There’s a short period in every puppy’s development, from very early puppyhood to three or four months of age, when his experiences have a big effect on his entire approach to life. If he has lots of positive encounters with other dogs during that developmental window, he’s far more likely to grow up to be dog-friendly. If he doesn’t, he can become fearful and aggressive.
An adult dog’s personality is far less malleable than a puppy’s, but exposure to other dogs can still improve his social skills. Just move slowly and cautiously, and if you see signs of aggression or timidity, get help from a professional trainer right away.
How to raise a dog-friendly puppy
This is easy, since other dogs, starting with your puppy’s mother and littermates, do most of the work.
Young puppies teach each other how to act around other dogs, mainly by practicing how to show and read the signs of submission and dominance. Without this lesson in canine etiquette, a dog may attack another dog who’s trying to tell him, “I give up–you’re the boss!” Or he won’t know how to defuse a dominant dog’s aggression by signaling his submission. Either way, you’re likely to wind up with expensive vet bills.
The solution is simple: Give your puppy plenty of chances to practice his canine etiquette.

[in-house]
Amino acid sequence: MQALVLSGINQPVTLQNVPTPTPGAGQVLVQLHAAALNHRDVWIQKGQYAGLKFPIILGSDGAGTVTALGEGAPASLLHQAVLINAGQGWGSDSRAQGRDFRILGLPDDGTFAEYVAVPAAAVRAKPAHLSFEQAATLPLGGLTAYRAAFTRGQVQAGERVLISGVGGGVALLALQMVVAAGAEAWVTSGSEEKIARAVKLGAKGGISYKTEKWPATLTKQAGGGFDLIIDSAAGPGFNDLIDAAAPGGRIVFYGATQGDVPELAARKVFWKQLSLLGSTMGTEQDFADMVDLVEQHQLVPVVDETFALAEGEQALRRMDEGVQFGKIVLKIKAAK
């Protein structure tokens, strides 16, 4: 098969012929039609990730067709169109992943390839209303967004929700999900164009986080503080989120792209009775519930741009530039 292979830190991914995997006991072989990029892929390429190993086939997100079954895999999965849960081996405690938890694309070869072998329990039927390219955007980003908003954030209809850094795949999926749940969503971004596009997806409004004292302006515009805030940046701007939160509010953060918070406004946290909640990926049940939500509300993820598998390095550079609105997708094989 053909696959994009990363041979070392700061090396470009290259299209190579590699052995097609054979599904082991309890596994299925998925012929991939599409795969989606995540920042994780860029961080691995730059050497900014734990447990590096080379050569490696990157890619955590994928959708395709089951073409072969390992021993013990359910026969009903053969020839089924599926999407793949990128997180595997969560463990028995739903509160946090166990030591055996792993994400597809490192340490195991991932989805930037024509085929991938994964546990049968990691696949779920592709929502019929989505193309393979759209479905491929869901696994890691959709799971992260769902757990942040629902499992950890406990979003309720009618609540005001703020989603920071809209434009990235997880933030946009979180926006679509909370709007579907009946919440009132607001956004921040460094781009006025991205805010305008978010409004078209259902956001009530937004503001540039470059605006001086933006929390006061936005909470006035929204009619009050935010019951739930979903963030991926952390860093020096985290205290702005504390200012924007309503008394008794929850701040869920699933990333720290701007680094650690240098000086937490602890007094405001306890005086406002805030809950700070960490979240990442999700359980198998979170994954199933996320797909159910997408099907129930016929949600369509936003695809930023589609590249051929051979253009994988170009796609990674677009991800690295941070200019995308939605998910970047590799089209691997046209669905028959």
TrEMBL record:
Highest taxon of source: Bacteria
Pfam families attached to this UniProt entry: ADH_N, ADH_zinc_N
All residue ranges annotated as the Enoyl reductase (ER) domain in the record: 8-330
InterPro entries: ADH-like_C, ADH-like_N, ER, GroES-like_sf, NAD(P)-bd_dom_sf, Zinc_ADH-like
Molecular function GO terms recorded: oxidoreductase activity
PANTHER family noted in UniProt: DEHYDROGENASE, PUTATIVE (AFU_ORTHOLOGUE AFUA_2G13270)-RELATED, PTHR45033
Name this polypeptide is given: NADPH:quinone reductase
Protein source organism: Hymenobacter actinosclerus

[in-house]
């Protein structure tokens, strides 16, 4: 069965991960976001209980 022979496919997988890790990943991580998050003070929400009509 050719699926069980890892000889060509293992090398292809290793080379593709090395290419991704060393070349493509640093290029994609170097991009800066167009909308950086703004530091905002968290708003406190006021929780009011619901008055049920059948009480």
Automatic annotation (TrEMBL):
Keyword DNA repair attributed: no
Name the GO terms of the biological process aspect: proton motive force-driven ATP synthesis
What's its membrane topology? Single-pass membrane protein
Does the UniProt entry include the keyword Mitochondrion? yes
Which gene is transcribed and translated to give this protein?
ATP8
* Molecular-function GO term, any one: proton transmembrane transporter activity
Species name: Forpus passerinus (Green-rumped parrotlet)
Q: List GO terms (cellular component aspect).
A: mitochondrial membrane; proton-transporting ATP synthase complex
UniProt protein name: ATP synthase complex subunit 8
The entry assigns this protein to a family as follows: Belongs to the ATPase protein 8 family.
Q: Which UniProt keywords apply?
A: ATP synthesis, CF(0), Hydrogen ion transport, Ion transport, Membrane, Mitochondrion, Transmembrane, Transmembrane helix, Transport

Bring home your puppy at the right age. Don’t buy or adopt a puppy who was taken away from his mom and littermates before eight weeks of age. Any earlier, and your pup won’t have had enough chances to practice his canine manners with them.
Set up playdates. When you bring your new pup home, invite your friends to bring their healthy, vaccinated dogs over to play. To make sure your pup doesn’t get intimidated, start with mellow, well-behaved dogs.
Start him in school. As soon as possible, sign up for puppy kindergarten classes that allow the pups plenty of time for off-leash play.
Feed his social life. When your puppy grows up, take him to the dog park, invite friends’ dogs over to play, and keep exposing your dog to other canines. Even if your dog had a hopping canine social life during puppyhood, he needs regular exposure to other dogs throughout his adulthood or he risks becoming less friendly over time.
Bottom line: No matter what the breed or bloodline, every dog should get regular playtime with canine pals to be friendly and safe around other dogs. This is especially important before the age of three or four months, when a pup’s experiences can shape his personality as an adult.